How do you view the world?
What's the message you want to send?
Would it spark a discussion?
Could it lead to change?
Self-taught artist Sean Yoro chooses to answer those questions through his art. Blank canvases in seemingly inaccessible locations are transformed into murals, each with a different idea behind it, but none needing words to explain the message they convey -- perception is funny like that.
Yoro works under the artist name, Hula. He grew up in Hawaii and taught himself how to paint realistically when he moved to New York at the age of 21. What makes Hula's art unique, besides its captivating hyperrealism, is where it is located and the custom tools he uses.
Many of his murals are rooted in the notion of seeing things with a new perspective. "I like to challenge myself physically and mentally throughout the process of creating a piece, whether that has been venturing out into the extreme weather of the Arctic to using the different daily tide levels of a particular sea wall," Hula said.
The physical challenge he speaks of is the lengths he takes to reach his canvases. He scouts locations and often uses his paddleboard as not only a means of transportation but as a platform to hold all of his supplies over the three to five days he often spends onsite.
The results are stunningly realistic depictions of a woman on forgotten waterside walls that look as though they are rising from the depths of the sea. The water murals are stunning not only in beauty but in scale. Along with his signature water murals, Hula has also created work all around the world, including a portrait on the side of a sunken boat that emerges and disappears with the ebb and flow of the tide.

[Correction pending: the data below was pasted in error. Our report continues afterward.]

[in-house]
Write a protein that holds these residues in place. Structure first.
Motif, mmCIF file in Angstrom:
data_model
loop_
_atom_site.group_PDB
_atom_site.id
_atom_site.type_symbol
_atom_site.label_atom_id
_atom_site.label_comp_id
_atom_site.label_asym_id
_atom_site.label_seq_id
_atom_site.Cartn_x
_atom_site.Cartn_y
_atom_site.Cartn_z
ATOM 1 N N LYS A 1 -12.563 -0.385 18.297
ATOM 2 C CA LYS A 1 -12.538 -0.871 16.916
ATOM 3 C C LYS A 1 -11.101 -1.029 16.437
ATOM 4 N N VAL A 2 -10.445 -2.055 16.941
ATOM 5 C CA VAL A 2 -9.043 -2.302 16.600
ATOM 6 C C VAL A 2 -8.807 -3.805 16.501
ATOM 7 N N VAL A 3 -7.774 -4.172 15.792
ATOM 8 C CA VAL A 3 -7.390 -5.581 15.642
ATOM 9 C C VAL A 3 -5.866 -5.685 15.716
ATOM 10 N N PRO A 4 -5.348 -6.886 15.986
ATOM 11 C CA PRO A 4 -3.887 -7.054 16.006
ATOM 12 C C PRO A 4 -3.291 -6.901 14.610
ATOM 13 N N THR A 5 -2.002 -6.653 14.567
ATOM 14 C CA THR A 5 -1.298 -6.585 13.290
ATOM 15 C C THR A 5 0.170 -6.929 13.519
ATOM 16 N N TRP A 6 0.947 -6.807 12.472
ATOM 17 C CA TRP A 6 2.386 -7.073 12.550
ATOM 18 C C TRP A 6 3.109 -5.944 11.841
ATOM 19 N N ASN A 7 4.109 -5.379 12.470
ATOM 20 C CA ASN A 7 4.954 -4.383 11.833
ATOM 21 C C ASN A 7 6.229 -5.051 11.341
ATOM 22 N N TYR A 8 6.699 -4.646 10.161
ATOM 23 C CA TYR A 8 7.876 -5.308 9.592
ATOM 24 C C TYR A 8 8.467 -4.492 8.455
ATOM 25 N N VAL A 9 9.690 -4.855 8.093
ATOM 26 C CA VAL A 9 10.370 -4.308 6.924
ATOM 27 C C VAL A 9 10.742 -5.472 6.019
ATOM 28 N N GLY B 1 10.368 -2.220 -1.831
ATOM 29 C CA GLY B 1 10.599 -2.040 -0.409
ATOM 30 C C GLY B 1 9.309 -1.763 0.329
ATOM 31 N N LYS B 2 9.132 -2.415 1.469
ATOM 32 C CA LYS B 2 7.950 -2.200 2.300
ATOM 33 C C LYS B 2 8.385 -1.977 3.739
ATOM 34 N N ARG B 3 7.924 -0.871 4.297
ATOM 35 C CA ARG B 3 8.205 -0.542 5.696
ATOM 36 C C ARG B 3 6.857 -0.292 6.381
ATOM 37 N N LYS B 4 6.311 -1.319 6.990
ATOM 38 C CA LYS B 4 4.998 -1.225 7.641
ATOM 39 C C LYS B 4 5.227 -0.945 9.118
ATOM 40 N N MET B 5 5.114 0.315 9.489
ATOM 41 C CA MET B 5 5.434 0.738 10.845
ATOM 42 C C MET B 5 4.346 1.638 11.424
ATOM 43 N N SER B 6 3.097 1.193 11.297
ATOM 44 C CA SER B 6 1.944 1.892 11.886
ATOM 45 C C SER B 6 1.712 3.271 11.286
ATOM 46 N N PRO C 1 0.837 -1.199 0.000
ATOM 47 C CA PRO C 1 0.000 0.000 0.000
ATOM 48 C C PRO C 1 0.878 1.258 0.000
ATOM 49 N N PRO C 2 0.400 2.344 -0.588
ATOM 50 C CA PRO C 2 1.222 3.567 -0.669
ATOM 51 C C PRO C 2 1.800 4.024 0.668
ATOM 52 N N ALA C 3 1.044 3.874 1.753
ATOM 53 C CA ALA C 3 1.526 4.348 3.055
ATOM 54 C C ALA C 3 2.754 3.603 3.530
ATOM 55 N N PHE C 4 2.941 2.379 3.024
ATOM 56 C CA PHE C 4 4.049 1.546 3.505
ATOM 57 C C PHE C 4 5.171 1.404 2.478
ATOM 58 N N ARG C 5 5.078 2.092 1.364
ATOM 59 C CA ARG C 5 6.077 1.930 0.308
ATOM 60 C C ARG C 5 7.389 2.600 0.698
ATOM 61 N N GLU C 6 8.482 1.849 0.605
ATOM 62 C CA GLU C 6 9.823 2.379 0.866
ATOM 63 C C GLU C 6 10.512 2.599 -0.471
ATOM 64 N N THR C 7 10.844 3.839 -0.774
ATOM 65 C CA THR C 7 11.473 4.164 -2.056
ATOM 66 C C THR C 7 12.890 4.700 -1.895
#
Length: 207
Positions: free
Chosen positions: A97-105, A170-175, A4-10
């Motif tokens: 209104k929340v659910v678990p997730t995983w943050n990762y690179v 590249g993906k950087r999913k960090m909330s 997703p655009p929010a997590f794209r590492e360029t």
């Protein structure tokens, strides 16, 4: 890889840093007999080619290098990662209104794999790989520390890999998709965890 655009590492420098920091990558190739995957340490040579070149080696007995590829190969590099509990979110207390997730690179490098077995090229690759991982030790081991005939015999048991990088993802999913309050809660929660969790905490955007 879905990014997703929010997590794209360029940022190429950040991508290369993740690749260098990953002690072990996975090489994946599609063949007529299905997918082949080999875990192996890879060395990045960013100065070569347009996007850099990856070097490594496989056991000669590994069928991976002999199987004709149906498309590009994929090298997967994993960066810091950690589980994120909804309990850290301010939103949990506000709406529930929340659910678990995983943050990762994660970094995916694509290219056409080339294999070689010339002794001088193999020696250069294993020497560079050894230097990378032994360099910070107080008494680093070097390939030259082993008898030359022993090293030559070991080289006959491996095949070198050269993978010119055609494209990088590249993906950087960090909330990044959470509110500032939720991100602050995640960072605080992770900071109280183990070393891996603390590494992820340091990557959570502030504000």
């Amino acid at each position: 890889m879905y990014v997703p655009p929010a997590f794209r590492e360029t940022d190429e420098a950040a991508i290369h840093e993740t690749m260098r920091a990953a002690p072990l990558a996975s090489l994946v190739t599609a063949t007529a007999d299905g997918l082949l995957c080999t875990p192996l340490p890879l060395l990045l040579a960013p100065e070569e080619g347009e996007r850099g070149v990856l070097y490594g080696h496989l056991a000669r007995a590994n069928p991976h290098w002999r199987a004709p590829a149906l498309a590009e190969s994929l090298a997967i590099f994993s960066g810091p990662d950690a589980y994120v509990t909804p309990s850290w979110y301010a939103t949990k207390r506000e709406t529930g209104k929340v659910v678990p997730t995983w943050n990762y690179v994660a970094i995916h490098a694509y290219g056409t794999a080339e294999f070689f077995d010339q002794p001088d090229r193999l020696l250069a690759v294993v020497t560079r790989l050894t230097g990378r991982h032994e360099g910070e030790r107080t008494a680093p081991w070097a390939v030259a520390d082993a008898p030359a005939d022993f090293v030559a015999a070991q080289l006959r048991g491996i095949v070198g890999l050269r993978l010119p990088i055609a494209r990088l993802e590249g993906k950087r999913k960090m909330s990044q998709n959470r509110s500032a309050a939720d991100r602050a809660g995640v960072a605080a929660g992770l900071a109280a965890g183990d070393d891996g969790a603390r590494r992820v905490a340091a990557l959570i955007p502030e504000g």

%shareLinks-quote="I began expanding the idea and pushing the limits of working with nature through the use of forests, waterfalls, and even icebergs." type="quote" author="Hula"%
Time is fleeting and not all artwork is meant to last forever. Hula recognizes that and embraces it when highlighting global issues in his work, including climate change and environmental issues. For his series of murals known as A’o ‘Ana, he painted on several icebergs that had broken off from a glacier.
Many of the pieces melted away, but Hula uses that to spread awareness, "... I have always felt the need to show the urgency in the time we have in order to fix the problems we are seeing now. I am fortunate to have my platform and voice, so I feel responsible to use the influence for a greater good and deeper messages."
Hula has also ventured into a remote forest to create a temporary mural using chalk on a fire-damaged tree as a visual reminder to embrace and protect mother nature. He hopes to stay true to that message as his body of art continues to grow right along with his audience. Because as he simply put it, the one thing he hopes people gain from his work is, "... a more open mind and eyes to what is truly around them every day."